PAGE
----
And so on. I’ll believe that this is a viable archetype when I see it, but I don’t think it’s necessarily a bad idea.


#607

Watch out for psychic field!


#608

Psychic Field would be a general problem for our new expose meta overlords, but fortunately it only triggers when the runner exposes it, so it can be designed around.


#609

I think the other problem is that if expose gets too prevalent, it just encourages players to pick corps that care less about hidden information and many of these decks are considered NPE. For example, Gagarin Asset Spam or PU grinder.


#610

Yeah…but I think between 419 and the Anarch ID that trashes based on rez cost, spam will have a hard time.


#611

The Anarch ID I could see being a problem, but 419? I’ll just show him all my assets, I was going to show him those anyways. In the case of Freedom, maybe Gagarin just starts playing a few CVS.


#612

Sure. I’m just saying that building a spam deck for both expose and anarch trashing may not be tenable. (That is IF the premise occurs—expose actually becomes good.)


#613

I think that any negative impact of a more prominent expose mechanic on the core design principle of “hidden information” has been overstated.

Most Netrunner players can read the game well enough that a double-advanced card in a remote is either 1) an agenda, or 2) not an agenda. The likelihood of case 2 is much, much lower in most match-ups (as low as 0%), and possibly as high as 50% against PE or other trap-laden Jinteki builds. Even in the 50/50 PE matchup, there is information which can be used to deduce the likelihood of a trap: Is the corp on game point? Have you seen their restricted card? Is there a Data Loop? Is there anything else in the server? How much money does the corp have? Have you poked around in HQ recently? Are there Neurals in there? How many copies of Junebug have you seen?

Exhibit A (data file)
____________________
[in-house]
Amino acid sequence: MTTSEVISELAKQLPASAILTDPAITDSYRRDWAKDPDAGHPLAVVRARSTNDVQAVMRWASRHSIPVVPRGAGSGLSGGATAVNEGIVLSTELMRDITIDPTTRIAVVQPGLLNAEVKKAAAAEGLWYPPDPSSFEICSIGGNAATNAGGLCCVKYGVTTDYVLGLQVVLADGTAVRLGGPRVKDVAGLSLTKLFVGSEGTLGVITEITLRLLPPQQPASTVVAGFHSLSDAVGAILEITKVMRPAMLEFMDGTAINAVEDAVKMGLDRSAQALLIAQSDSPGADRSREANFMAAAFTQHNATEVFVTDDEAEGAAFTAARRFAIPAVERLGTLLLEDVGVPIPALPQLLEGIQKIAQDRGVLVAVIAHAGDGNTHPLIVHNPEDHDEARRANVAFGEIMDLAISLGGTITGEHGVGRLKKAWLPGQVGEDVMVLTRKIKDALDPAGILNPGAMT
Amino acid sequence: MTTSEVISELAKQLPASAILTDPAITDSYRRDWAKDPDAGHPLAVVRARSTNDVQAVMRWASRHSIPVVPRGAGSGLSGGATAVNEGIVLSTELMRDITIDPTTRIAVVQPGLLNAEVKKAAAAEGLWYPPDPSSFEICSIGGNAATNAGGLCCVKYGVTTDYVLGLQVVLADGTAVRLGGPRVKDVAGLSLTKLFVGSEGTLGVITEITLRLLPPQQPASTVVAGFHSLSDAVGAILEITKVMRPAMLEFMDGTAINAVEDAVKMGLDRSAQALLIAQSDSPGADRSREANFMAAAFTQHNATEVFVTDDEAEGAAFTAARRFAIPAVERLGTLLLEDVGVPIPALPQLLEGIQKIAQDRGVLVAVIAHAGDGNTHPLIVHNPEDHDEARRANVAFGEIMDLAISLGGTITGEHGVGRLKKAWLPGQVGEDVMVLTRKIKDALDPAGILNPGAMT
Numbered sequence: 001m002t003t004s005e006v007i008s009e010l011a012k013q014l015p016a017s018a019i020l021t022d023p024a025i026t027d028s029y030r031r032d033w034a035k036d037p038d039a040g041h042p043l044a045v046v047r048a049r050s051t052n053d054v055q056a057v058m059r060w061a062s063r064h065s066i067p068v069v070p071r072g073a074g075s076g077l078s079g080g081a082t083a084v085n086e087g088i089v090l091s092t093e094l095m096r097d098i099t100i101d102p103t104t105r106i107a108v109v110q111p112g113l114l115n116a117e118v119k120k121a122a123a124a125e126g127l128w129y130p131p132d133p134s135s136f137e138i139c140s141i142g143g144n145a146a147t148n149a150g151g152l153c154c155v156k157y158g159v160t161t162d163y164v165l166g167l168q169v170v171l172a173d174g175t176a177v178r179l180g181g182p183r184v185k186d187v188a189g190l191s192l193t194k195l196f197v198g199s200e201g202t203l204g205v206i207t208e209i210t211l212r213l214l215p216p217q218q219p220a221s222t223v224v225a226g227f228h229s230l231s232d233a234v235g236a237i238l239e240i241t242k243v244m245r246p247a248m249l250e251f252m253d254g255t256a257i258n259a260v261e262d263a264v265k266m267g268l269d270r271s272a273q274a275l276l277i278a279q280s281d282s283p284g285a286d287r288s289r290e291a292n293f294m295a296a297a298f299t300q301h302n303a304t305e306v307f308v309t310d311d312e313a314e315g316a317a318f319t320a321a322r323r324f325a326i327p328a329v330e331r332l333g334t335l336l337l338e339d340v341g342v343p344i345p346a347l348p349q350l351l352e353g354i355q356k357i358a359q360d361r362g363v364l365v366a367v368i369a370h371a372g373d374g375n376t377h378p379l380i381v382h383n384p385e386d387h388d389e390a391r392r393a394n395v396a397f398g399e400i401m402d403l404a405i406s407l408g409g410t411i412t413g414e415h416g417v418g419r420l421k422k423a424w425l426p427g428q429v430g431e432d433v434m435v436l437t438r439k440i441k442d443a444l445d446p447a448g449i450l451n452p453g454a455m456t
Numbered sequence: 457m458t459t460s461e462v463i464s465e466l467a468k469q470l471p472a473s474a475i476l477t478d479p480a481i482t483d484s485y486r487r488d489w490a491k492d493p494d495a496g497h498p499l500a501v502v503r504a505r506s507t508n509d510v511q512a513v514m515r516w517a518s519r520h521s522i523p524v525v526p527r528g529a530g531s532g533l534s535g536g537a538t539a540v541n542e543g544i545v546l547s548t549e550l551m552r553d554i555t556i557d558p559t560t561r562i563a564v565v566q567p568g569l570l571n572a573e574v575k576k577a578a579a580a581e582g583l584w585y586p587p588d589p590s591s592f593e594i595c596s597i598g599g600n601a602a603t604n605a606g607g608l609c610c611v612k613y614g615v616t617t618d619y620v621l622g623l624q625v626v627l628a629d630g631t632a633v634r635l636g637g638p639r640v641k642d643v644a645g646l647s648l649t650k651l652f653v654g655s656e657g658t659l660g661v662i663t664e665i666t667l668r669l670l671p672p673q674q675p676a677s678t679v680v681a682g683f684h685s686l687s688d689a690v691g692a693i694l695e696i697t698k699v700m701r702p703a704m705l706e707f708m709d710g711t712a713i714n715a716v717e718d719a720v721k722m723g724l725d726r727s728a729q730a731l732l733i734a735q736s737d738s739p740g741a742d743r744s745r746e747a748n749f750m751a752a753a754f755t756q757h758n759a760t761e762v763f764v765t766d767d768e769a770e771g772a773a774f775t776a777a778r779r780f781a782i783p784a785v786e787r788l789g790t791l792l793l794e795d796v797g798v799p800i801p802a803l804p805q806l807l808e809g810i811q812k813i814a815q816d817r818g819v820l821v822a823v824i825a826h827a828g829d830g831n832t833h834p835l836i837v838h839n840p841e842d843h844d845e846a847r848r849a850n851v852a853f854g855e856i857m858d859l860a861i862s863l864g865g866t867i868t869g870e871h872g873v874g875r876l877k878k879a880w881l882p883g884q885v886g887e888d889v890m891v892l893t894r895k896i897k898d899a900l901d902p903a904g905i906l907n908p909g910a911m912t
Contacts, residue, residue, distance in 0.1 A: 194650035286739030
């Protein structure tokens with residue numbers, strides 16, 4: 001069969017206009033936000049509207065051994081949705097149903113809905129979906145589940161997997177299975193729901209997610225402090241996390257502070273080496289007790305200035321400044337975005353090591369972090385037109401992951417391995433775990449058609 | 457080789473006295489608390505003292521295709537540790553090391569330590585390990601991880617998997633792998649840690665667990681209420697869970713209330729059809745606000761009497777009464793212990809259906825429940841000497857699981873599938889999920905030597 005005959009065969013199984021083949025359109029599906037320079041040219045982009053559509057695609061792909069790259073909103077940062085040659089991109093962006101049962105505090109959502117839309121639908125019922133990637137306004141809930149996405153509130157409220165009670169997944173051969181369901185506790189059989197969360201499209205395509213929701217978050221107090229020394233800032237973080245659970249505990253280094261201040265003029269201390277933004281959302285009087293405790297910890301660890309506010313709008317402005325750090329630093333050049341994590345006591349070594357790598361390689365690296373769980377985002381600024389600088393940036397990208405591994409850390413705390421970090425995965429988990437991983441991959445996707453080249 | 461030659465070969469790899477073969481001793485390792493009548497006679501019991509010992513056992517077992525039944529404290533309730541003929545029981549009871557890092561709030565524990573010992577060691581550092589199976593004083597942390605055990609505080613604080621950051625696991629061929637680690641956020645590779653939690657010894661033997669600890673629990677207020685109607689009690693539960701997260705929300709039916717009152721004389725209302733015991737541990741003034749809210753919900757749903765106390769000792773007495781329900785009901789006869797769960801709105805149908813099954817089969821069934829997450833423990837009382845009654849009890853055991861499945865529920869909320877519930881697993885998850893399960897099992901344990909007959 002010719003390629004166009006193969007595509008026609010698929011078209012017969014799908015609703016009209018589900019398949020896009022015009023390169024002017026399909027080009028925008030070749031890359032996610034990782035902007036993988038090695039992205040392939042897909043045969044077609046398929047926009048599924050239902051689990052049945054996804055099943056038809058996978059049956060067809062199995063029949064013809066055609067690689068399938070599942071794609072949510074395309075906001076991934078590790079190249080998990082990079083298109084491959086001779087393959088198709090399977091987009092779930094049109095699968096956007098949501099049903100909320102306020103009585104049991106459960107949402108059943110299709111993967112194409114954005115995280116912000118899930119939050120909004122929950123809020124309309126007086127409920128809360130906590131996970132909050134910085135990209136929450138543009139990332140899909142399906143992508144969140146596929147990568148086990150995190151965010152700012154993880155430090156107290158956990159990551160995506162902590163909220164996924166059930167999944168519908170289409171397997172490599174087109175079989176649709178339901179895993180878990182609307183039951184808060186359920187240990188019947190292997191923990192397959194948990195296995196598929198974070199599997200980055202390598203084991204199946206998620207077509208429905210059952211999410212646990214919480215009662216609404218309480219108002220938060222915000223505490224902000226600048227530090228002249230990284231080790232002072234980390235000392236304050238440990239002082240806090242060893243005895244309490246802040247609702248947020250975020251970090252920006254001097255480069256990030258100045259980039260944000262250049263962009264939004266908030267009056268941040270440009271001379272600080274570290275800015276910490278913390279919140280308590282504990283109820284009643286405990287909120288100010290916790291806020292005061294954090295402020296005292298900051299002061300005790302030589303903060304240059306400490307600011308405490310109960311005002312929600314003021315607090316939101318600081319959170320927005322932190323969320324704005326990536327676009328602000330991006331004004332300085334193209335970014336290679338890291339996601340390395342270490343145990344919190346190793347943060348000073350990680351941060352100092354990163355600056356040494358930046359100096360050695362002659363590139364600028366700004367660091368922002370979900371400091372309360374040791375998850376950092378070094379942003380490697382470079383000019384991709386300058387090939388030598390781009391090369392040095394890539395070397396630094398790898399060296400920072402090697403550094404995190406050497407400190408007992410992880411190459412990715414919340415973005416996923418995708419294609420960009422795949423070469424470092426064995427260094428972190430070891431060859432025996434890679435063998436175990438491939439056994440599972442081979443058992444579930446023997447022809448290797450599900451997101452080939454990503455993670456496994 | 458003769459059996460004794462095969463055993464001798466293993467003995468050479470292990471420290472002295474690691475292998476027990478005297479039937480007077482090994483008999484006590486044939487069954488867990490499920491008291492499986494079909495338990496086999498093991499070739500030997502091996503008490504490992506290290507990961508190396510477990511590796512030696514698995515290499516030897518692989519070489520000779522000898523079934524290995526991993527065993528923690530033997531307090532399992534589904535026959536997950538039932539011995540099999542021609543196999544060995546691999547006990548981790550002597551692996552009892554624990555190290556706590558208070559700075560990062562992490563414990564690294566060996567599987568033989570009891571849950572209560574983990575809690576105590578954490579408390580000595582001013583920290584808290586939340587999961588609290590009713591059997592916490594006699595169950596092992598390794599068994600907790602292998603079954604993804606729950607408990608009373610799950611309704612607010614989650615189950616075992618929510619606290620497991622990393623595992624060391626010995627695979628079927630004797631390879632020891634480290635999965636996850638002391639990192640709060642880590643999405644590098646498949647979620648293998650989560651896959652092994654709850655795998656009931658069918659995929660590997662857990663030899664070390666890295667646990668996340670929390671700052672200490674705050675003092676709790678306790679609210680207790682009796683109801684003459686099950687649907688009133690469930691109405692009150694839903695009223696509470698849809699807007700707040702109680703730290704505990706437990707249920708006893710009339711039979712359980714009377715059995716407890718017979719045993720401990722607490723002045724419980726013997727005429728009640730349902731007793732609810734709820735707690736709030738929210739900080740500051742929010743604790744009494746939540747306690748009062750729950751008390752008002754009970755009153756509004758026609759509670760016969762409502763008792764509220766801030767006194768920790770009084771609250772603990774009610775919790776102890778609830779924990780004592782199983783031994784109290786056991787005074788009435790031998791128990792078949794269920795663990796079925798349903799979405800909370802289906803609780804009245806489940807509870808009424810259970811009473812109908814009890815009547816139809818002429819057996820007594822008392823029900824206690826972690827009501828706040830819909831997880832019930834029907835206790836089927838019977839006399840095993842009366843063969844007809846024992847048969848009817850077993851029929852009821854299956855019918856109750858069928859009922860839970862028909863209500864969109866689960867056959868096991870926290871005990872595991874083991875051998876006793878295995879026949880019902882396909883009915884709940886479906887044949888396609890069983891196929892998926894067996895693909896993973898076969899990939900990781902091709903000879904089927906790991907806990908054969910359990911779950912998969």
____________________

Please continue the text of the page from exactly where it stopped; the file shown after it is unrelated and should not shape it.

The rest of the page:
Netrunner is not a plane of infinite outcomes.

A more prominent expose mechanic, based in the criminal faction, does do three things which may have an impact on social and competitive play:

  1. Allow newer or infrequent players a feeling of satisfaction by giving them a method of defusing the sad trumpet game endings which advanceable traps can create.
  2. Limit the abjectly lame bullshittery of some cup-and-ball game Jinteki decks and stupid Mushin No Shin decks. Some people like these, but it’s only natural that each animal in the Netrunner ecosystem has its own predator, and expose can function in this role. Why wouldn’t criminals be sneaky enough to smell a trap? Criminals, in a historical context, are the ones who invented the fucking things. :sunglasses: